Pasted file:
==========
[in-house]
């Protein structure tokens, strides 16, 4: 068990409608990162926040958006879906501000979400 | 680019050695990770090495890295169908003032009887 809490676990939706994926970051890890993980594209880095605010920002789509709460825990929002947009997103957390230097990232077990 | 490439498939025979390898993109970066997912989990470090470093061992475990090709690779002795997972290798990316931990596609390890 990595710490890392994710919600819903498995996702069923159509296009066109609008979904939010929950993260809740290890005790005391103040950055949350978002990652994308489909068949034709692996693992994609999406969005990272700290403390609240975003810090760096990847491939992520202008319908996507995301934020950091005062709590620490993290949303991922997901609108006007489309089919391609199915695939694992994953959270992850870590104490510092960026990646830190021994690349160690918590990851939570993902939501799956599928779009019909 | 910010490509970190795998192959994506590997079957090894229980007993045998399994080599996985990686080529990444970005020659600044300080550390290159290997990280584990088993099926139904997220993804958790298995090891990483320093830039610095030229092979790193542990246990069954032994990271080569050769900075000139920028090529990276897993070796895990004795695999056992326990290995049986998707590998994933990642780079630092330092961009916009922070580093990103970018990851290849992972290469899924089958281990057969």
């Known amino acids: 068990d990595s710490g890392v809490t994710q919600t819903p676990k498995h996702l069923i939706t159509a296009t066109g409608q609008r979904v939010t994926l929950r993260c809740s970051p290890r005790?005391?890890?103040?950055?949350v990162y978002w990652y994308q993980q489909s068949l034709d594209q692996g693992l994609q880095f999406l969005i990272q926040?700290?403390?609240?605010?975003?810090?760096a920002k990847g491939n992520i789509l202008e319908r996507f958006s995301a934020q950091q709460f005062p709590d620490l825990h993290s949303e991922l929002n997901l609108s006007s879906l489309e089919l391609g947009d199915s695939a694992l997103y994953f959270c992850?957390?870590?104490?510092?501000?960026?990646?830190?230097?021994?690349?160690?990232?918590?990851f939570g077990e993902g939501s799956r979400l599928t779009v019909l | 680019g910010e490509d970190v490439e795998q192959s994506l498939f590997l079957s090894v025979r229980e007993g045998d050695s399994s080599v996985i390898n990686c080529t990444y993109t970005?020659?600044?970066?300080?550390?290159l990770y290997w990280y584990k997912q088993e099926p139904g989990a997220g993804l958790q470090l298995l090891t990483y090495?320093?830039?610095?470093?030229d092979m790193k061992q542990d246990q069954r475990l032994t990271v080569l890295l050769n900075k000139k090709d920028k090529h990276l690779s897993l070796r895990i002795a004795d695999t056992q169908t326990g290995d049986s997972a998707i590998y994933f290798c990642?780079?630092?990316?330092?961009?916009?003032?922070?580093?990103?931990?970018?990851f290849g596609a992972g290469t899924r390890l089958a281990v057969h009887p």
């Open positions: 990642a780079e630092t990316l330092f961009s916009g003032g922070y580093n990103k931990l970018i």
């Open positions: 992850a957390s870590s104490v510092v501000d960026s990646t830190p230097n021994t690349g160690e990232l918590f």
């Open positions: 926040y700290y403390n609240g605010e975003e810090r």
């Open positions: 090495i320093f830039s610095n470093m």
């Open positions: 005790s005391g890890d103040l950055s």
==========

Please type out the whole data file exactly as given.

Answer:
[in-house]
């Protein structure tokens, strides 16, 4: 068990409608990162926040958006879906501000979400 | 680019050695990770090495890295169908003032009887 809490676990939706994926970051890890993980594209880095605010920002789509709460825990929002947009997103957390230097990232077990 | 490439498939025979390898993109970066997912989990470090470093061992475990090709690779002795997972290798990316931990596609390890 990595710490890392994710919600819903498995996702069923159509296009066109609008979904939010929950993260809740290890005790005391103040950055949350978002990652994308489909068949034709692996693992994609999406969005990272700290403390609240975003810090760096990847491939992520202008319908996507995301934020950091005062709590620490993290949303991922997901609108006007489309089919391609199915695939694992994953959270992850870590104490510092960026990646830190021994690349160690918590990851939570993902939501799956599928779009019909 | 910010490509970190795998192959994506590997079957090894229980007993045998399994080599996985990686080529990444970005020659600044300080550390290159290997990280584990088993099926139904997220993804958790298995090891990483320093830039610095030229092979790193542990246990069954032994990271080569050769900075000139920028090529990276897993070796895990004795695999056992326990290995049986998707590998994933990642780079630092330092961009916009922070580093990103970018990851290849992972290469899924089958281990057969």
């Known amino acids: 068990d990595s710490g890392v809490t994710q919600t819903p676990k498995h996702l069923i939706t159509a296009t066109g409608q609008r979904v939010t994926l929950r993260c809740s970051p290890r005790?005391?890890?103040?950055?949350v990162y978002w990652y994308q993980q489909s068949l034709d594209q692996g693992l994609q880095f999406l969005i990272q926040?700290?403390?609240?605010?975003?810090?760096a920002k990847g491939n992520i789509l202008e319908r996507f958006s995301a934020q950091q709460f005062p709590d620490l825990h993290s949303e991922l929002n997901l609108s006007s879906l489309e089919l391609g947009d199915s695939a694992l997103y994953f959270c992850?957390?870590?104490?510092?501000?960026?990646?830190?230097?021994?690349?160690?990232?918590?990851f939570g077990e993902g939501s799956r979400l599928t779009v019909l | 680019g910010e490509d970190v490439e795998q192959s994506l498939f590997l079957s090894v025979r229980e007993g045998d050695s399994s080599v996985i390898n990686c080529t990444y993109t970005?020659?600044?970066?300080?550390?290159l990770y290997w990280y584990k997912q088993e099926p139904g989990a997220g993804l958790q470090l298995l090891t990483y090495?320093?830039?610095?470093?030229d092979m790193k061992q542990d246990q069954r475990l032994t990271v080569l890295l050769n900075k000139k090709d920028k090529h990276l690779s897993l070796r895990i002795a004795d695999t056992q169908t326990g290995d049986s997972a998707i590998y994933f290798c990642?780079?630092?990316?330092?961009?916009?003032?922070?580093?990103?931990?970018?990851f290849g596609a992972g290469t899924r390890l089958a281990v057969h009887p």
């Open positions: 990642a780079e630092t990316l330092f961009s916009g003032g922070y580093n990103k931990l970018i």
């Open positions: 992850a957390s870590s104490v510092v501000d960026s990646t830190p230097n021994t690349g160690e990232l918590f």
């Open positions: 926040y700290y403390n609240g605010e975003e810090r």
């Open positions: 090495i320093f830039s610095n470093m």
């Open positions: 005790s005391g890890d103040l950055s």